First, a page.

• Behavior
  • Parenting

Why is my older teen picking fights with our family?

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Teen girl with long hair covering face curled up on couch, face buried in her knees, after a fight with her mom, who's in the background.

In this article, you'll find answers to questions like:

1. What is “soiling the nest?”
2. What’s causing this?
3. How can I help?  

If you find yourself struggling with your high schooler as graduation approaches, a concept known as “soiling the nest” may be the reason. Let us help you navigate this delicate time with our expert tips as your child asserts independence in preparation for leaving home for college or a career.  


Some teens argue more with their families as graduation nears, unconsciously trying to make it easier to part ways when they move out of the house, according to Grown and Flown’s website.

But the conflict steals fleeting family time, says Kelly Powell, vice president of community services for Community Partners of South Florida. The organization manages Palm Beach County’s Positive Parenting Program, known as Triple P. As a result of the tension, hurt feelings and silence replace playful conversation and laughter over dinner. Thus, the home “nest” becomes soiled for everyone.  

It doesn’t have to be this way, though.

Communication is crucial, and with the right tools, parents and teens can work through this transition while learning more about each other, she says. The Triple P programs, which are free and funded by Children’s Services Council of Palm Beach County, can help facilitate this.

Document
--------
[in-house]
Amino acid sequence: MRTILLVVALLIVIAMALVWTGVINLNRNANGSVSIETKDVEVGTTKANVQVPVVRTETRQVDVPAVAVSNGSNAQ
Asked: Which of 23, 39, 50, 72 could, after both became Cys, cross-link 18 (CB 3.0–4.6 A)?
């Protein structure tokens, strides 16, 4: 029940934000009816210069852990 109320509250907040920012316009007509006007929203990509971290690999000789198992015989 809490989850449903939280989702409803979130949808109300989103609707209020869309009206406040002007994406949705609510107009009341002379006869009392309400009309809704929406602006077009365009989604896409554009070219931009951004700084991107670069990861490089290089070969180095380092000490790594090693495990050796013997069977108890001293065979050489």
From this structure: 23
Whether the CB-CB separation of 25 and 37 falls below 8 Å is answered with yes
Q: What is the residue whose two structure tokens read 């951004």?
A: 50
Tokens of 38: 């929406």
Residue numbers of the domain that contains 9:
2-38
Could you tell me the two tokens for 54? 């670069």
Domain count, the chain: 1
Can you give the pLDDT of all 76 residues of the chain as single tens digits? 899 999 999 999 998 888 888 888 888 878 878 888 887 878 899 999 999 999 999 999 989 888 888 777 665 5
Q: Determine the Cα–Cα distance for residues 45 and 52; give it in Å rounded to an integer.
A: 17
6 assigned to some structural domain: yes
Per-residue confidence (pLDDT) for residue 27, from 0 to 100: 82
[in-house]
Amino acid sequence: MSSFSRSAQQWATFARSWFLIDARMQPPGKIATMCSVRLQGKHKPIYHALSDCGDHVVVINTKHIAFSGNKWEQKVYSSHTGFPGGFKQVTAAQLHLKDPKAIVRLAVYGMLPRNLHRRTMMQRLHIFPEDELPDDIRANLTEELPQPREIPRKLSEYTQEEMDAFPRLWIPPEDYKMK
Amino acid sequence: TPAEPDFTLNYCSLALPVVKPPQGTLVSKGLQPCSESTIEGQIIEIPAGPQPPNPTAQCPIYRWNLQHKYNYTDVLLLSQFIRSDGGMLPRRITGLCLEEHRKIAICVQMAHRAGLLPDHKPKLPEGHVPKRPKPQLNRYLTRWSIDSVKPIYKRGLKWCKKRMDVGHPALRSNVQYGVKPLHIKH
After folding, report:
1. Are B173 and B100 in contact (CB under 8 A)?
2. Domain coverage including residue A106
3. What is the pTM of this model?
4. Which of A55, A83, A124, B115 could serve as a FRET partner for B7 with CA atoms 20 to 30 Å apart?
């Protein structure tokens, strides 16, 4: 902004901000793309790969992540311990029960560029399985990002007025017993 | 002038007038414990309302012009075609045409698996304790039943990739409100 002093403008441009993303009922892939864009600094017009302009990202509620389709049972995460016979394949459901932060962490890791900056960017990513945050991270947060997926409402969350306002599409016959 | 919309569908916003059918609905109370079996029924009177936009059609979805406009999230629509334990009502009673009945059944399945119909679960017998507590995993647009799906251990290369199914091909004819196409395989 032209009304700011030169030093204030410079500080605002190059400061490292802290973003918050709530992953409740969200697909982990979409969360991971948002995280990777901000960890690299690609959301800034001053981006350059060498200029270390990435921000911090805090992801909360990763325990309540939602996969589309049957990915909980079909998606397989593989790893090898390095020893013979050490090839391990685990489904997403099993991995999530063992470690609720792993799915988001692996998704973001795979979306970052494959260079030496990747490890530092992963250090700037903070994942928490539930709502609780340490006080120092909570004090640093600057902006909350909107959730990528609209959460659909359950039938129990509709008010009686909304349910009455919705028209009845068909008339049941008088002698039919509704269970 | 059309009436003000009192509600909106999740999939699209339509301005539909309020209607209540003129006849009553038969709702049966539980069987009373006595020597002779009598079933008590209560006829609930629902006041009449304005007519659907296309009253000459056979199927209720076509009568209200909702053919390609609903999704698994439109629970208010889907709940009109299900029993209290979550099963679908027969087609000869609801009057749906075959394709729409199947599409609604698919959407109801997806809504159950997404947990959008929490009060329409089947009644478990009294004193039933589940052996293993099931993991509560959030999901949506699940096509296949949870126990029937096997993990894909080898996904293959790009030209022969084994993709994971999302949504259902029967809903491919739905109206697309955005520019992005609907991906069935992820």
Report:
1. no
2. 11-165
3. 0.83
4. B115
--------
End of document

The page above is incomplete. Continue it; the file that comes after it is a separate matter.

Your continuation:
Teens often act out of fear of the future because of their lack of life experience, Powell says. That’s where the Teen Outreach Program, known as TOP, can help. TOP uses a teen club model at several high schools to help students formulate healthy behaviors and life skills while giving them a sense of purpose.  

“We empower young adults and support them in their choices, whether it’s a trade school, college or deciding to work a few years first after graduation,” she says.  


An essential first step is accepting this transition will be challenging for both of you. Let your teen know you understand possible feelings of fear, anger, frustration and confusion, but you are there as support.

Encourage your teen to talk about feelings of loss and future hopes. Open-ended questions like these below and more from Psychology Today’s “Managing College Transitions: A Guide for Parents” can help:  

    • What excites you most about being on your own?
    • What concerns you most?
    • How are you feeling about leaving home?

Powell encourages you to listen closely to your teen’s plans but resist interjecting your ideas about the future. Though we know it’s difficult, this kind of restraint actually can build trust and a deeper connection.  


 • Kelly Powell, vice president of community services, Community Partners of South Florida 
Grown and Flown 
Psychology Today  

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